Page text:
Manual Therapy, vol. 14, issue 4 (2009) pp. 381-386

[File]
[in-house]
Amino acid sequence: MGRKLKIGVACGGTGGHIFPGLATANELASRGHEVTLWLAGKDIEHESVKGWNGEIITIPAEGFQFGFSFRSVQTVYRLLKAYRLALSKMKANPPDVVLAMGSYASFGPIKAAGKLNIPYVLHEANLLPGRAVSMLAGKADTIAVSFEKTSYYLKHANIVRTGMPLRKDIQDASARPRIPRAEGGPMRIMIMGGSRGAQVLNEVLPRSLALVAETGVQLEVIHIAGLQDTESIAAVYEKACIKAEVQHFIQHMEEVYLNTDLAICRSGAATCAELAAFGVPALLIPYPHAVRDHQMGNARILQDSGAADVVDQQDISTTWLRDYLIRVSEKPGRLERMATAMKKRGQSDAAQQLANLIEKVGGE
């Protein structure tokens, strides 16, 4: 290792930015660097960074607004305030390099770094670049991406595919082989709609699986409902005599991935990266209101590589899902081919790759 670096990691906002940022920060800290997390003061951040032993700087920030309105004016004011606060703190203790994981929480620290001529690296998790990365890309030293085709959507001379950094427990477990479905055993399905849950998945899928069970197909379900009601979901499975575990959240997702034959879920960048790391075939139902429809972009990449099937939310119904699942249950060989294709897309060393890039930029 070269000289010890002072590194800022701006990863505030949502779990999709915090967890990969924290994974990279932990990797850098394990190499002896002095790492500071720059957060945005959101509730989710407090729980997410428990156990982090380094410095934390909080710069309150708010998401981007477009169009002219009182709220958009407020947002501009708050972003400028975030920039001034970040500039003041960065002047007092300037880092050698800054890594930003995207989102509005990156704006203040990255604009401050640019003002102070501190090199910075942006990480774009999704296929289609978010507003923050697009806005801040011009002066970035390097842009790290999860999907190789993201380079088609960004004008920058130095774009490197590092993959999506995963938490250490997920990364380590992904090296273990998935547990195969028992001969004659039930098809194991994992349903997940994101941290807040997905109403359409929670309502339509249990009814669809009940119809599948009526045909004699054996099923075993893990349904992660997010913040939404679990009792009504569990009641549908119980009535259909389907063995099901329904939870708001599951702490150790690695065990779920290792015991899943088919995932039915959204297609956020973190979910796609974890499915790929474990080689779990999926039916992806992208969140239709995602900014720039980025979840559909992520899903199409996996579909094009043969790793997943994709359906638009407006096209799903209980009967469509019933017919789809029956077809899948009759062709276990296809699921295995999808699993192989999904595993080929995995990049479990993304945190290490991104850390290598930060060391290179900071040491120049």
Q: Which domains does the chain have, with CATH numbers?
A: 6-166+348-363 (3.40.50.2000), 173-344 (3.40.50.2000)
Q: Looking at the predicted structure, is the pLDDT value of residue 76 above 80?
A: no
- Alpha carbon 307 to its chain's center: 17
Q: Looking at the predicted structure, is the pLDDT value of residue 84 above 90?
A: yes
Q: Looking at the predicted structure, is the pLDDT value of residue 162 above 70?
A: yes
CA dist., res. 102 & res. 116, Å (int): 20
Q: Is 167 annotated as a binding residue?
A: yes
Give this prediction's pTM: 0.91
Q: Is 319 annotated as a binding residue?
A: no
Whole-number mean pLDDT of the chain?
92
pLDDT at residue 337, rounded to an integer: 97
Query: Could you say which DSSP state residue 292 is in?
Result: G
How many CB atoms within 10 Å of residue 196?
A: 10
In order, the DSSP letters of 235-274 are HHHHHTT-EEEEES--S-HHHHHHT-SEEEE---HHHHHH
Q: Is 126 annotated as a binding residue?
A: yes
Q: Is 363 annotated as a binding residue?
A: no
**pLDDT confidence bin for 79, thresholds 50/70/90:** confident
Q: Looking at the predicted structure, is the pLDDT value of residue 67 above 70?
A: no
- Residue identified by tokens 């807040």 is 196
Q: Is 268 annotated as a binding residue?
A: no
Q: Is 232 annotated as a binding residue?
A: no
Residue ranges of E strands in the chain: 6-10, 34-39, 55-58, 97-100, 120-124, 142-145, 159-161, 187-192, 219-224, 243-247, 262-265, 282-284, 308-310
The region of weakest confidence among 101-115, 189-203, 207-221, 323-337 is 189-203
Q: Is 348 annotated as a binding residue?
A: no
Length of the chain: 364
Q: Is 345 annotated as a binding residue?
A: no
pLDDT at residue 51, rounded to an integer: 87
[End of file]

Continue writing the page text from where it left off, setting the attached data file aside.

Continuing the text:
The axial distraction mobilization techniques are frequently employed for treating patients with joint hypomobility. However, there is a lack of basic biomechanical studies and description of this procedure. The purpose of this study was to analyze humeral head displacement while performing an axial distraction mobilization of the glenohumeral joint. Twelve experienced orthopedic physical therapists participated. Distraction mobilization techniques were performed in three different positions of glenohumeral abduction on a fresh cadaveric specimen. Outcome measures were displacements of the humeral head center during distraction mobilization. Result indicated that displacement of the humeral head was largest in the resting position (27.38 mm) followed by the neutral (22.01 mm) and the end range position (9.34 mm). There were significant differences for both the displacement of the humeral head (p < 0.002) and the distraction forces used (p < 0.015) among the three joint positions. Greater gain in mobility was obtained in distraction at the end range position. In conclusion, during distraction mobilization, the force applied by the therapist and displacement of the humeral head depends on the joint position tested. Our results also provide rationales for choosing end range distraction mobilization for improving joint mobility. ?? 2008.
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